The art of effective decision-making

Combine your inner wisdom, gut instinct and mental intelligence for effective decision-making, says Victor Marino 

Every moment of every day we are deluged by information. In 2008, we were consuming three times as much information as we were in 1960. In 2012, more than 204 million emails were sent every minute of every day. In 2020, we’ll be producing 44 times more data than we do today.

The constant drip, ping, ring that surrounds us creates a compromised environment of ‘continuous disruption’. This is having a profund effect on our ability to concentrate, think, plan and decide. Our stone-age-designed bodies can’t cope. Confronted with endless data – our hearts beat faster, our breathing becomes shallow, our bodies shift into crisis mode. Making decisions becomes difficult as we can’t access our inner wisdom unincumbered from all the noise.

Wise decisions

Recent neuroscience has uncovered that we have complex and functional neural networks – or ‘brains’ – in our heart and gut as well as our head. And that these are just as critical to effective decision making as our minds. Grant Soosalu and Marvin Oka, in their seminal book mBraining ‘Using your multiple brains to do cool stuff’, reveal how effective leaders use the three centres – head, heart and gut – naturally but not always consciously. When the three ‘brains’ are aligned leaders operate at their most effective. When they are misaligned, decisions can become impaired. These three centres each have their own specialist functions: 

  • Head brain – for executive decisions, analytical thought and strategy
  • Heart brain – for passion, relationships and values
  • Gut brain – for courage, motivation and action

Evidence of these centres is littered throughout our vernacular: ‘Listen to your gut instinct’, ‘follow your heart’, ‘deep in my heart I know’, ‘my gut is telling me something is wrong’.

But in the complex and volatile business environment, leaders can overlook the intuitive intelligence of their other brains. At work there is often a dissonance between the desires of the heart and logic of the head and the sense of self that comes from our gut. In the West, we don’t much like to embrace the heart in the office but working with the heart’s wisdom is where mBraining begins.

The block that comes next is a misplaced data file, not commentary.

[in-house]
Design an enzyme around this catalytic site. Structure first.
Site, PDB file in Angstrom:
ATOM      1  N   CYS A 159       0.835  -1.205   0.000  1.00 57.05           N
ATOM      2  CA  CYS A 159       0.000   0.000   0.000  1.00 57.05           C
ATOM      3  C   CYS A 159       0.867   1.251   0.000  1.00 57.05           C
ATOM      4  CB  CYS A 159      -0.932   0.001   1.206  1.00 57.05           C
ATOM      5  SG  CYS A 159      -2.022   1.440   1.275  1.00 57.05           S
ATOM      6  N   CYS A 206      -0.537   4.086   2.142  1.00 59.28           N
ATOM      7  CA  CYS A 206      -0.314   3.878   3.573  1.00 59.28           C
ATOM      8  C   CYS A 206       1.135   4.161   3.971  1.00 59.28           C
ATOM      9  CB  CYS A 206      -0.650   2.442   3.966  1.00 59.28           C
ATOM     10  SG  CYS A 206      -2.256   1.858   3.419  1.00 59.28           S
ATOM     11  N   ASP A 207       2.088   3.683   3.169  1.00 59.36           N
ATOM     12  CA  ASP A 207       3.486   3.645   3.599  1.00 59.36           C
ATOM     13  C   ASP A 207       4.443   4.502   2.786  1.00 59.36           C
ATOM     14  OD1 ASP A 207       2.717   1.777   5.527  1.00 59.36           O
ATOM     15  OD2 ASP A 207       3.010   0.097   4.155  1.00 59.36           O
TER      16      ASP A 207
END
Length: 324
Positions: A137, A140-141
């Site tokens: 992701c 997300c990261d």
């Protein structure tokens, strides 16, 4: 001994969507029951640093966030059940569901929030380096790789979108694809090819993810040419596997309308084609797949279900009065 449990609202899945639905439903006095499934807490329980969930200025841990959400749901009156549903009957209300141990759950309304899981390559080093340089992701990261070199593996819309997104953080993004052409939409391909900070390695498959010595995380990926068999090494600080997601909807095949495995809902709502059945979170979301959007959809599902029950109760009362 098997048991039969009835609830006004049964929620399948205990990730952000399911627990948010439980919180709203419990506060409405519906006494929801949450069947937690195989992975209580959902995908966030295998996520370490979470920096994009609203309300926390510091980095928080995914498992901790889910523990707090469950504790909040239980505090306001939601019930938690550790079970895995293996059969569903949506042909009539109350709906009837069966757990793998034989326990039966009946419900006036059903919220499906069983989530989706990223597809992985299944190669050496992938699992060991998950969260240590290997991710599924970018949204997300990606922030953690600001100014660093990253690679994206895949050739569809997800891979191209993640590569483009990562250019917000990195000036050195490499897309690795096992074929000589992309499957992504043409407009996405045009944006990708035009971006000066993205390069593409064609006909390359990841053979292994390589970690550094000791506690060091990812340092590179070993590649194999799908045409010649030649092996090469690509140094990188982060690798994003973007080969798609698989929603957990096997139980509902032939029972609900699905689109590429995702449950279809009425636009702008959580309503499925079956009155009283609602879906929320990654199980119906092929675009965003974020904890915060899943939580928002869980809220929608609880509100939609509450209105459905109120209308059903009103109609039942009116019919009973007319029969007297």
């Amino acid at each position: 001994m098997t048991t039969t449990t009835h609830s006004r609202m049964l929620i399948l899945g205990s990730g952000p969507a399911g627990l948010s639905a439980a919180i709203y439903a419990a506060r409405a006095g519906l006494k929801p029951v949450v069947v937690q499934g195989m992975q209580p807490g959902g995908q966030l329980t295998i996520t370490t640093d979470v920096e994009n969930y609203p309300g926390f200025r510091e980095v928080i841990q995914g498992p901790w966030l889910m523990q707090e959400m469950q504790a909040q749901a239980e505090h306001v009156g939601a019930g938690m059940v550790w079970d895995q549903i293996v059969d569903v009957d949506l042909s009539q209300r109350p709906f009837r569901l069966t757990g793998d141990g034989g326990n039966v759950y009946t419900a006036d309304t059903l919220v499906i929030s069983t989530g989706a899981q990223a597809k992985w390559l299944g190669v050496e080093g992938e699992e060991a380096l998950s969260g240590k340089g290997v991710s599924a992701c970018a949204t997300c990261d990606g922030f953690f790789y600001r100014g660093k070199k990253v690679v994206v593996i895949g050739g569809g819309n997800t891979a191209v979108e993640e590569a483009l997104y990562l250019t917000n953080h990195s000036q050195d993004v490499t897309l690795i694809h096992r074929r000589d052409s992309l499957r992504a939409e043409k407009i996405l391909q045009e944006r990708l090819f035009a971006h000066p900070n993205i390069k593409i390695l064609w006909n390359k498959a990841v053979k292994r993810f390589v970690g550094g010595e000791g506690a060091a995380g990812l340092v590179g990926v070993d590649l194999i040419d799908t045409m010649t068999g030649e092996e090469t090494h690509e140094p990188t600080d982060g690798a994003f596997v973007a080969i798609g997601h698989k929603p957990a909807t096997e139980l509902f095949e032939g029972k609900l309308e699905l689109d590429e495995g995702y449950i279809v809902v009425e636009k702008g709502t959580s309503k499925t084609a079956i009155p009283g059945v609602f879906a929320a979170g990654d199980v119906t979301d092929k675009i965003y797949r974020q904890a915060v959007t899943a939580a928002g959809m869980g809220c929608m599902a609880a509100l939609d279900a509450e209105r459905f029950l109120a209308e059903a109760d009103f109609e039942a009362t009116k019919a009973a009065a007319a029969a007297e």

In an organisational context, using the gut to do a heart-based job is often evidenced in the CEO who has a voracious appetite for growth. They typically have high-risk drives combined with a strong bias for action through mergers and acquisitions (along with the big office and fast cars). Leaders who overlook the sensitivities of the heart do so at a cost. This was a contributing factor to the spectacular failures we saw in the financial crisis of 2008: leaders were driven by profit (gut) and the system (head) above purpose (heart) or any indeed real connection to their customers or staff (also heart). This disconnected way of working almost brought the Western economy to its knees. 

Fast or slow?

So where does that leave you when it comes the art of making the right call on a difficult decision? The experts don’t necessarily help. Psychologist Daniel Kahneman, noble prize-winner and author of the bestselling book Thinking Fast and Slow, believes many senior managers unconsciously think fast which is prompted by gut instinct and this can often lead to hasty and sometimes disastrous decisions. On the other hand, Malcolm Gladwell, the author of Blink, Outliers and Tipping Point strongly advocates trusting your gut instinct. So, who is right? The answer is both of them. However, it is the skill of application where the real power of effective decision-making is to be found. This is where mBraining comes in. 

When you know the problem and the solution then thinking fast is the most productive and efficient approach to the task in hand. When the problem is complex and ambiguous you need to take the problem on a reflective tour of your multiple brains to clarify if your intelligence networks are aligned. mBraining enables you to combine intuition with analysis and fast with slow thinking providing a much stronger base for safer, clear and wise decisions.

Multiple brain insight

Using methodologies from cognitive linguistics and behavioural modelling, mBraining is a comprehensive system for communicating with and integrating the intelligence of all three brains. It starts with balanced breathing to access the intelligences – tuning into each of them and enabling them to ‘talk to’ the other. This gets them facilitates the brains to function at their ‘highest expression’ (head: creativity, heart: compassion, gut; courage). When this is achieved, the person’s innate intuitive wisdom emerges and the quality of their decisions and actions becomes adaptively and generatively different.

We are all clever enough dealing with the complex challenges of modern life and its seemingly endless demands. Business doesn’t need more ‘cleverness’ what it needs more of is wisdom. Wisdom comes from a more holistic approach to organisational life enabling us to make more effective decisions and take the right course of action. Balancing our heads, hearts and guts is the route map for us to be more creative, more compassionate and more courageous – at work and in life. The mBraining process can help make you wiser and more effective.  

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